QUIET STRESS FROM COVID: Half of Pennsylvanians say they have suffered from ‘quiet stress’ this year, according to a survey conducted by American Addiction Centers.
When 3,000 adults were surveyed, over a quarter said social distancing and loneliness has been their biggest stressor this year; 19% say they are more likely to turn to alcohol to alleviate stress as compared to pre-pandemic times and a third admit to suppressing their emotions and say these feelings emerge after they’ve been drinking.
Nearly half (48%) of Pennsylvanians say they believe they have suffered from ‘quiet stress’ this year.
More widely known symptoms of stress often include visible outbursts, shouting, swearing and anger. By comparison, ‘quiet stress’ can cause an individual to underreact and not speak up about how they feel.
Being isolated seems to top the list as a stress trigger for many people, as over a quarter (28%) of respondents say the thing that has made them the most stressed this year is social distancing and loneliness. This was followed by personal finance (23%), being unable to see loved ones (20%), personal health (15%) and relationship issues (13%).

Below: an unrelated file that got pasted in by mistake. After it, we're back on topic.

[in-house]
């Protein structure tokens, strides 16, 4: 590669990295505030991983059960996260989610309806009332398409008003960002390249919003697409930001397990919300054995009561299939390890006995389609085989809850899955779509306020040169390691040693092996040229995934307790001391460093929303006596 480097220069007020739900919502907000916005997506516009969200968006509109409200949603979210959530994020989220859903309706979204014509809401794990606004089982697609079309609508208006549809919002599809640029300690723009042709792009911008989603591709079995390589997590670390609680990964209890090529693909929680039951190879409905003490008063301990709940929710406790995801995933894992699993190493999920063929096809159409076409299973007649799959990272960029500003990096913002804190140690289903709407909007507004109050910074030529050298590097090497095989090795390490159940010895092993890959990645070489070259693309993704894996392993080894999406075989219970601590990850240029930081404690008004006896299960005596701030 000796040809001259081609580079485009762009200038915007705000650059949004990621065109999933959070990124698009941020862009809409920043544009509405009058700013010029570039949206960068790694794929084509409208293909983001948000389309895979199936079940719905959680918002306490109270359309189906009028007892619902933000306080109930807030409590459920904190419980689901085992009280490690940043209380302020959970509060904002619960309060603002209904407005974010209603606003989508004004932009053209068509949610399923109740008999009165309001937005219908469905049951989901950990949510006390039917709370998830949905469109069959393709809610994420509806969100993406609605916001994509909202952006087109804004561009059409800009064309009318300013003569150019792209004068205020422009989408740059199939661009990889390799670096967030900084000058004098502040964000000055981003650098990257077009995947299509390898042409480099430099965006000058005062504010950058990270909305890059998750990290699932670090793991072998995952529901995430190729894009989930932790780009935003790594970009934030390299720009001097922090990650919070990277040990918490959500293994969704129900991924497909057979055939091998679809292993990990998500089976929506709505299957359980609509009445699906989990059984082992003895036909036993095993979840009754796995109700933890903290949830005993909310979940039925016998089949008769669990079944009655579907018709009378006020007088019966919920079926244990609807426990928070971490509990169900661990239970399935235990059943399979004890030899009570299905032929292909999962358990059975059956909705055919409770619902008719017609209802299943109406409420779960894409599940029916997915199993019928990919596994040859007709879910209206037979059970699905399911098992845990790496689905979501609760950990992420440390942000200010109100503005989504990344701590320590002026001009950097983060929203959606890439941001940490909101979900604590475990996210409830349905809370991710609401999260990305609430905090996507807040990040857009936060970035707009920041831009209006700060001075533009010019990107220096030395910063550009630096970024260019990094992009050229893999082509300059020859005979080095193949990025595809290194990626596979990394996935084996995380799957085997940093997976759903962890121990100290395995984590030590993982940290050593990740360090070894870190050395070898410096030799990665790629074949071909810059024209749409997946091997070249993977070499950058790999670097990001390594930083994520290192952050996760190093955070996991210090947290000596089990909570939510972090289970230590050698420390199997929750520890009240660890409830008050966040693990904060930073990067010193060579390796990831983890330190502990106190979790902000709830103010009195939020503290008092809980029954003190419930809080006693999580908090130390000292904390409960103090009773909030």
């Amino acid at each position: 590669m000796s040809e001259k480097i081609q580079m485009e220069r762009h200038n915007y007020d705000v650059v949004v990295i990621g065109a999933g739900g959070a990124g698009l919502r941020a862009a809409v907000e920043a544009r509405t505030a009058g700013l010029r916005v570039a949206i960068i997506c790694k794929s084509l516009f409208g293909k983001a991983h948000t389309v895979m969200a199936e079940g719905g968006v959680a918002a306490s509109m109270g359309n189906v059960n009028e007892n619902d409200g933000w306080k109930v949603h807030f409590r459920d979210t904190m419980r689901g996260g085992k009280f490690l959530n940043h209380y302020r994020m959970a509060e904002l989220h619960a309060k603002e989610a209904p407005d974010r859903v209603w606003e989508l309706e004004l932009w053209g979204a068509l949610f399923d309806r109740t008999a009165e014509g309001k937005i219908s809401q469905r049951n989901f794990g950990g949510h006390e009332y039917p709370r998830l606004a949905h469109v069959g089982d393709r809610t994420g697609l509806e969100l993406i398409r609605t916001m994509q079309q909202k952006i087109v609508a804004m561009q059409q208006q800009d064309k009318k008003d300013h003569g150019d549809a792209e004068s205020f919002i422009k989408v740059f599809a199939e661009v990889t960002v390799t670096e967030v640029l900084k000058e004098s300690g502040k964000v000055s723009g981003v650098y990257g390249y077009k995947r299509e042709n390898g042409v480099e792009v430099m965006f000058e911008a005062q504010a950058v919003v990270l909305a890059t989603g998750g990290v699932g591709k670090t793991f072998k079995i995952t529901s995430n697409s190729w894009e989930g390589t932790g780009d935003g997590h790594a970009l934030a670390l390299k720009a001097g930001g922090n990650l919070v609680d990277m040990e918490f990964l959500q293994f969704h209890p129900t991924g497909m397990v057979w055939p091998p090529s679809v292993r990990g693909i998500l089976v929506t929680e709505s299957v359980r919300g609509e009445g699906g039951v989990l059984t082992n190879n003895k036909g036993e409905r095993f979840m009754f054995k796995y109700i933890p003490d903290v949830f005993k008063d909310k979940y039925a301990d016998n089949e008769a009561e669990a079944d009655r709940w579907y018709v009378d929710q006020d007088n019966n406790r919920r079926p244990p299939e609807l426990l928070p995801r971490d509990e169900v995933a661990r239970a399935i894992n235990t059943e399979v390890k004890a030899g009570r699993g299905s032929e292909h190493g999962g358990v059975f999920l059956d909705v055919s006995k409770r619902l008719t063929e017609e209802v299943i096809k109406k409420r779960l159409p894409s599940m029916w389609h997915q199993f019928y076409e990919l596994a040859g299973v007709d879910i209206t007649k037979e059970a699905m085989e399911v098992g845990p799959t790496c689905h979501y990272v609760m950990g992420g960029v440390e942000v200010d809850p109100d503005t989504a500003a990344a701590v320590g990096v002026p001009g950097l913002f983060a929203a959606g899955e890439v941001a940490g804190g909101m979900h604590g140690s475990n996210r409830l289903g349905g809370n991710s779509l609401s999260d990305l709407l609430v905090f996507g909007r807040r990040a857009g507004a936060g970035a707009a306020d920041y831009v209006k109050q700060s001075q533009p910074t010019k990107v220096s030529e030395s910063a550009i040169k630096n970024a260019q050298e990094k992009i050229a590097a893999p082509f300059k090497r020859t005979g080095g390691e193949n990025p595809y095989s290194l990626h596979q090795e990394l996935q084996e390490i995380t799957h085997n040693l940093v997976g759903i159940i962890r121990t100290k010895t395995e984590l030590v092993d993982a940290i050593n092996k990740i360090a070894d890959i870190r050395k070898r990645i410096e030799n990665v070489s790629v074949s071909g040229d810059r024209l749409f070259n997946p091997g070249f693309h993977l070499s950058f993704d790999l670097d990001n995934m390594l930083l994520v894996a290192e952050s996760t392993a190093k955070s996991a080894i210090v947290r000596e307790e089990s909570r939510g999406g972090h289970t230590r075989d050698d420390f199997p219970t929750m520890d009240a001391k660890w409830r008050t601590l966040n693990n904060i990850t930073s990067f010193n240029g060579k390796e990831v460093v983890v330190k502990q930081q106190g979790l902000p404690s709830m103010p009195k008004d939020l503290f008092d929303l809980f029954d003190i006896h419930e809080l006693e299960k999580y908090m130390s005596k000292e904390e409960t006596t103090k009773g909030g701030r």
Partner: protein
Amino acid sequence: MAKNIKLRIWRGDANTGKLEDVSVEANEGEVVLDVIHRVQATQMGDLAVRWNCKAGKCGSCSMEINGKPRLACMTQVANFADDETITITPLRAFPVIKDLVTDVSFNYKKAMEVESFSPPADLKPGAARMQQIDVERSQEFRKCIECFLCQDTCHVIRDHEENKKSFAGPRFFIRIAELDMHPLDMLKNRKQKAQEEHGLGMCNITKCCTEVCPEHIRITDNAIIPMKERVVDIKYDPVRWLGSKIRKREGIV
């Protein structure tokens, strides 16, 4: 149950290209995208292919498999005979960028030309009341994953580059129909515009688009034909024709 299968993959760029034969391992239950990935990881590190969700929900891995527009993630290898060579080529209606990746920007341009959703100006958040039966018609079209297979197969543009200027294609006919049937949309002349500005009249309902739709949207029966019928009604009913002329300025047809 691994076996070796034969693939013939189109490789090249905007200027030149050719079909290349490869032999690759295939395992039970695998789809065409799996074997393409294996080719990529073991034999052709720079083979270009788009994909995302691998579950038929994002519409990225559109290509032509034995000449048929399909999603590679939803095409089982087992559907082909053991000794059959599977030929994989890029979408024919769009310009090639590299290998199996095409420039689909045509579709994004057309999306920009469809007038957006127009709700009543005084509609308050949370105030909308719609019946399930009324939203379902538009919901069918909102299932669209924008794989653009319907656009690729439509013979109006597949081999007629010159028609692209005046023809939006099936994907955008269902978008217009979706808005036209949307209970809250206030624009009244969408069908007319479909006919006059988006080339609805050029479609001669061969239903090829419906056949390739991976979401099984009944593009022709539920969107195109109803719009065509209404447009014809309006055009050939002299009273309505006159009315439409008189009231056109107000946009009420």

Read more about the study here.
MENTAL HEALTH: 1 in 3 Pennsylvania workers believe the mental health benefits of returning to the workplace outweigh the risks of Covid-19, while two-thirds would report a colleague for not following Covid-19 health protocols.
Dolman Law Group conducted a survey of 5,650 workers (aged 18+) which found that over 1 in 3 (34%) employees in Pennsylvania believe the mental health benefits of returning to the workplace in the company of colleagues outweigh the risks of contracting the Coronavirus.
Additionally, a separate study found that 52% of employees reported working longer hours when working from home as compared to those working in an office, and 40% felt the need to contribute more than their in-office colleagues, meaning an increased risk of burnout.